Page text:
As mentioned in the previous chapter, Karen and I lived on a combined budget of thirty dollars per day while we were cycling. We had somehow arrived at this figure prior to leaving Sydney, when we had no idea how much money our travels would require. Surprisingly, we managed to stick very closely to this budget during our entire three years on the road.
In our diary we wrote down every item of our expenditure, every day. Initially this was done with a view to determining where our money was going, and what we needed to cut back on if we found we were exceeding the budget. We continued the practice even after we realised that everything was okay, possibly out of habit, but also because it did help to keep our spending in check.
Thirty dollars per day is two hundred and ten dollars per week. This amount must pay for all of our food, drink, accommodation, drink, entertainment, drink, clothes, drink, maintenance and spares for the bikes, and drink. Technically, we were living below the poverty line, because if we had been on social security while we were cycling, we would have been receiving about three hundred dollars per week, and been able to save ninety dollars of this!
Even though thirty dollars per day is not much for two people to live on, it still enabled us to travel for as long as we liked, as long as we stuck to the budget, and as long as nothing major went wrong. But how did we get the money in the first place?
When the people we met on the trip asked us where the money was coming from, we would say that we were renting our house out and trying to live off the rent. It was a little white lie, but near enough to the truth. The reality was a bit more complicated. We really were renting out the house we owned in Sydney, but it still had a sizeable mortgage over it. The rent from the house covered this, but did not leave us enough money to live on. This came from the rent from a unit which Karen had bought in 1986, a year especially memorable for two reasons. Karen and I met, and Sydney real estate prices took off. I don't think the two things were related.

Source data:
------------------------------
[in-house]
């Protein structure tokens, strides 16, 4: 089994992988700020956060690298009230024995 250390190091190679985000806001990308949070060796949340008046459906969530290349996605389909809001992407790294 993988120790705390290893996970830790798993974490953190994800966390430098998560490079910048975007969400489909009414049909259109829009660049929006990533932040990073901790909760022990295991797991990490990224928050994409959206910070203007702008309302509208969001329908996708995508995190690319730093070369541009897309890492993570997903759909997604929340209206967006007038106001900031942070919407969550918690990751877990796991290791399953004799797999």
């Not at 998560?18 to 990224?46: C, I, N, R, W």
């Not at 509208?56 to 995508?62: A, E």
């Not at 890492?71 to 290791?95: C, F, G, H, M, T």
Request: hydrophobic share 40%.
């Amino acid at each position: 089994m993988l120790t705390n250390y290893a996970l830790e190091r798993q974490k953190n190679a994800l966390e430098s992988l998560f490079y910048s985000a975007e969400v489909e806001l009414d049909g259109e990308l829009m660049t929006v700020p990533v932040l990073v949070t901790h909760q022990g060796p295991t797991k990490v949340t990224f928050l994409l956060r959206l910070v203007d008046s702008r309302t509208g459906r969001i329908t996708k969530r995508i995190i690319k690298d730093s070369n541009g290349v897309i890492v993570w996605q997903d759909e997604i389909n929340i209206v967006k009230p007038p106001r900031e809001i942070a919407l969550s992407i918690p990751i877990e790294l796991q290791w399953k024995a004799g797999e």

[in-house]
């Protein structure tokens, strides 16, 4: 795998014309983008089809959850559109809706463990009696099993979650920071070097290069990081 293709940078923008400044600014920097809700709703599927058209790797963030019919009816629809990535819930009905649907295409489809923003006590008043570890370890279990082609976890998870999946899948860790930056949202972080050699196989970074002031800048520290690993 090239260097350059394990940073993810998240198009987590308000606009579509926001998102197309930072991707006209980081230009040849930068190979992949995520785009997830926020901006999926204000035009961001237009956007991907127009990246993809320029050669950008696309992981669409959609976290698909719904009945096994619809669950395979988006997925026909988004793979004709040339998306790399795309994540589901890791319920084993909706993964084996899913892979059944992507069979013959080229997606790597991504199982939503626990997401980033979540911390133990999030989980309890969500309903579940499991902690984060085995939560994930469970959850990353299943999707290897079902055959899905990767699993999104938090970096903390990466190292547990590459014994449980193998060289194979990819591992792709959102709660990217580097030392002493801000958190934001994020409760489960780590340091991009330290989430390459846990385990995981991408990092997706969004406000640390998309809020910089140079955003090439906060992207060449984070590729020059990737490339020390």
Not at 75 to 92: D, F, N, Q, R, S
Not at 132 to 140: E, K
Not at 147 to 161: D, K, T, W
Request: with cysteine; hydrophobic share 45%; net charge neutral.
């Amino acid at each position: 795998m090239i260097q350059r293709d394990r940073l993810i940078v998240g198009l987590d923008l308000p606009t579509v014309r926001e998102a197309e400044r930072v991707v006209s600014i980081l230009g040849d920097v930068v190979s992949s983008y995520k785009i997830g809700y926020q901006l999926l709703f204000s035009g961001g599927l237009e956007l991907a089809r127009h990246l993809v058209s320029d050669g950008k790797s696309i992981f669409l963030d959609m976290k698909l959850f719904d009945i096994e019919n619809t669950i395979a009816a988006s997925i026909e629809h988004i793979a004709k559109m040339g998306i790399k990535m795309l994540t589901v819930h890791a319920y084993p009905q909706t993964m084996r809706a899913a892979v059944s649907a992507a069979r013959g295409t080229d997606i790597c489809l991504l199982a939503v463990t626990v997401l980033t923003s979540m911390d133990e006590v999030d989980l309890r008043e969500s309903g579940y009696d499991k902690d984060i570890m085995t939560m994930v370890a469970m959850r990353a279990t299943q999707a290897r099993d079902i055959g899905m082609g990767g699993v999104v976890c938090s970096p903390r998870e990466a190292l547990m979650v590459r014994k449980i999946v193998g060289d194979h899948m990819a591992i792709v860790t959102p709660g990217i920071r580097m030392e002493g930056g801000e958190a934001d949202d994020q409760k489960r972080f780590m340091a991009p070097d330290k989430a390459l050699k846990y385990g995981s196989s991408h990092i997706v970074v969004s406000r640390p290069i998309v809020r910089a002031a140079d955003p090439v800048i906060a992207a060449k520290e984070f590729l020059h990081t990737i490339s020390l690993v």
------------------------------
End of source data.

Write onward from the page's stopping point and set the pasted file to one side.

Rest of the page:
During our time together, Karen and I have probably developed a reputation for living cheaply, and it is fully deserved. We do live cheaply. For example, we don't go to expensive restaurants if we can go to cheaper ones, we always prefer BYO to licensed, and we mostly cook our own meals at home anyway. We have steadfastly avoided developing an appreciation for fine wine, though lately this has begun to break down. Karen occasionally buys some decent bottled wine as her fondness for Chateau Cardboard matured in aluminium begins to diminish. When we did visit an upmarket restaurant, we were always accompanied by a two-main-meals-for-the-price-of-one voucher obtained from the back of a shopping docket or from special booklets bought cheaply.
Our holidays have been inexpensive too, usually involving some form of camping, except for a month we spent trekking in the Himalayas. While this still involved camping, it was certainly not inexpensive. When we went to the movies, it was usually on a Monday or Tuesday half price night. We bought very few magazines, had very basic wardrobes, always looked for bargains, shopped around and did not waste money on frivolous things.
This is perhaps best illustrated by our wedding. Karen and I were married on Summercloud Beach, south of Sydney near Jervis Bay, in 1990, barefoot. I wore jeans and a white shirt, Karen an all white outfit consisting of a simple peasant skirt and blouse. We had a celebrant, wrote the ceremony and vows ourselves, had our reception catered by the Inlaws at their nearby holiday house, and spent our wedding night in our panel van parked away from the house and down by the beach. Karen even made the wedding cake herself. We spent more money on the honeymoon - two weeks on idyllic Lord Howe Island - than on the wedding, and even then only a couple of thousand dollars. The significance of our wedding day did not escape us, but we did not feel obligated to spend a fortune to demonstrate to others how we felt about each other. We shake our heads in amazement when we hear of people who have spent more money on the flowers at their wedding than we did on our entire wedding and honeymoon!
In short, during our ten years together, Karen and I have watched what we spent, and saved what we did not spend. But three other factors have contributed to our financial situation, all of them major. One is the fact that neither of us smoke, a big non-expense. The other two are cars and kids.
Firstly, cars. At one stage, Karen and I were a two car family, a very expensive exercise. Then Karen was promoted to a position at Coca-Cola which included a company car. Although she loved her little Corolla, she saw the impracticality of keeping it, and sold it to one of our friends. I kept the panel van for a few years as it was excellent for camping holidays, but a time came when it needed some heavy rust removal. As this coincided with registration and insurance, we realised we could save ourselves a few thousand dollars if we simply got rid of it. So we sold my car too. At the time, Karen's work was less than two kilometres away, and mine only eight kilometres, so for a year or two we alternated between Karen using the company car while I rode my pushbike to work, or Karen walking to work while I drove the car.